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Why look at pigeon tracks on the sidewalk?

22 November 2009

City pigeons are the product of domestication – but exist somewhere between tame and wild. Their traces in wet cement remind us that human and non-human animals share the city together. The sidewalk was once a meeting place – not just a passageway.  Pigeons still use it that way.

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Map of pigeon walk

22 November 2009

 

Pigeons at the Movies

4 October 2010

Ste Catherine near St Marc

25 November 2009

“Landscape of sufficient variety promises surprises at every turn; it furnishes relief from the monotony and non-surprise of strictly sited space … What protrudes in a landscape offers us something to grasp at the most basic level of sensory awareness … [it] arrests the body momentarily in its onward motion, gives it pause, that is, gives it something to fasten onto.”– Edward Casey, Remembering: A Phenomenological Study

This corner was the most regulated and possibly the most contested of all the pigeon track sites. Signage is tightly controlled, probably with reason.

It is also the site where I managed to get one good plaster cast of a footprint – thanks to my nephew Albert’s nimble fingers. We did this at 5PM on a Thursday and hardly anybody noticed.

Close view of tracks at Ste Caterine an St Marc

Mackay between Sherbrooke and de Maisonneuve

25 November 2009

“Just before 1800, between the rowhouses and the street channel an intermediary space was created in the form of the sidewalk. These sidewalks defined a pedestrian island separate from the increasingly crowded traffic of the street. [They] intensified the public aspect of the street – its use as a stage of activity and chance encounters .”

– Spiro Kostof, America by Design

long view at McKay - tracks in front of the Department of Philosophy

dance around the survey markers

We can see the process Kostof desribes still taking place in Montreal in the late nineteenth century. Here is a downtown street in 1895 with rowhouses right up against an unpaved street with wooden walkways along each side.

de Maisonneuve west of Guy

25 November 2009

“I stood frozen on the sidewalk…The way he walked was  unmistakable … Bruno, I said … He touched his hand to my cheek. We were in the middle of the sidewalk, people were hurrying past, it was a warm day in June. His hair was thin and white. He dropped his fruit. Bruno.”

– Nicole Krauss, A History of Love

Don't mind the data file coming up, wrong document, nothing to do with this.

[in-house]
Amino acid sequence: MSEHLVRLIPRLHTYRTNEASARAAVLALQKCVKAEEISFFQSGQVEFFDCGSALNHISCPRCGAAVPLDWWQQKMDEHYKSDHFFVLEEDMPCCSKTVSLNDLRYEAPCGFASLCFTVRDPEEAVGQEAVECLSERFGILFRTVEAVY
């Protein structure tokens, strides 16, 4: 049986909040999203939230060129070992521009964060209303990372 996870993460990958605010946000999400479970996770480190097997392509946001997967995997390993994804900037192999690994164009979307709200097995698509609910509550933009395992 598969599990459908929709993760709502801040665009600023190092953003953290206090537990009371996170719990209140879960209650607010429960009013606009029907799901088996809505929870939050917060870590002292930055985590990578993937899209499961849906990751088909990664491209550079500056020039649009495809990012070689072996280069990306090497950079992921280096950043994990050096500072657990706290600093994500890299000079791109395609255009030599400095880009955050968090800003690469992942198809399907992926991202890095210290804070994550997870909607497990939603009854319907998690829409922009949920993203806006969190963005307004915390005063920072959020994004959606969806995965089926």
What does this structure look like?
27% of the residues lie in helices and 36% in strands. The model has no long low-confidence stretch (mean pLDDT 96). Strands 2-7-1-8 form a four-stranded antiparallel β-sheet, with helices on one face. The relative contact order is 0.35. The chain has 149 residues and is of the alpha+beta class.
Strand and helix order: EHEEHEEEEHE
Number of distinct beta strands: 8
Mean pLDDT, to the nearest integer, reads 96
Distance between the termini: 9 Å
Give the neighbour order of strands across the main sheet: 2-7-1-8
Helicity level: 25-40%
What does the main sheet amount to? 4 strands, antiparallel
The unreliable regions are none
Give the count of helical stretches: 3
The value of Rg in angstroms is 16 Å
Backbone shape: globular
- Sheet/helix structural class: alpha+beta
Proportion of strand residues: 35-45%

shopper hurrying past tracks on de Maisonneuve west of Guy

pedestrian walking across tracks on de Maisonneuve

view of tracks on de Maisonneuve west of Guy

long view of tracks on de Maisonneuve west of Guy

coffee shop terrace overlooking tracks

Guy north of de Maisonneuve

25 November 2009

Look at these heavy tulip bulbs, the torsos
we lift into the air. Can you? We guard
your immobilized heroes
bring them and your concrete piazzas
to life, are smartly unromantic
about the outmoded countryside,
have no need for medals,
our collars, iridescent violet-green
bind us to no master.

– from the poem “A Word from the Feral Pigeon” by Andy Quan

See http://pigeonpoetry.com/ for the complete poem.

tracks under jewellery store roost at Guy above de Maisonneuve

Roosting Pigeons

These tracks, which are near the lamppost on the left, are just around the corner from the statue of Norman Bethune. When they recently redid the good doctor's square they used stone instead of concrete but our feral friends continue to stand guard nonetheless.

St Marc below Ste Catherine

22 November 2009

“Animals in art do not provide a window to the world but a selection from the world … that tells us as much about human societies and human concerns as about the animals themselves.”

Howard Morphy, ed., Animals into Art

These pigeon tracks are somewhat indistinct especially overshadowed by the very bold dog (and human) tracks just beside them.
There are two sets moving in opposite directions. One pigeon or two?

long view at St Marc below Ste Catherine

The dog tracks dominate, but if you look closely, there are human tracks (smooth soles, male), and two main sets of pigeon tracks.

St Mathieu south of de Maisonneuve

22 November 2009

“Familiar things seen in an unfamiliar context become perceptually new as well as old.”

– Robert Venturi, Complexity and Contradiction in Architecture

long view of tracks on St Mathieu south of de Maisonneuve

These tracks are left by a pigeon who landed right into the wet cement and then flew right out again without taking a step. Pigeons don’t hop. There are many other fainter tracks of walking pigeons nearby, but these deeper tracks show the weight of the pigeon as it lands and takes off.

Note the large planter full of parsley in the background. It is one of two in front of the Pizzeria Anatolia whose slices are available until the wee hours of the morning. Thanks to the pizza-meister for filling my purple bucket twice with hot water. Tasty pizza too.

Close view of landing tracks

another landing track - not just a walk from the tree oasis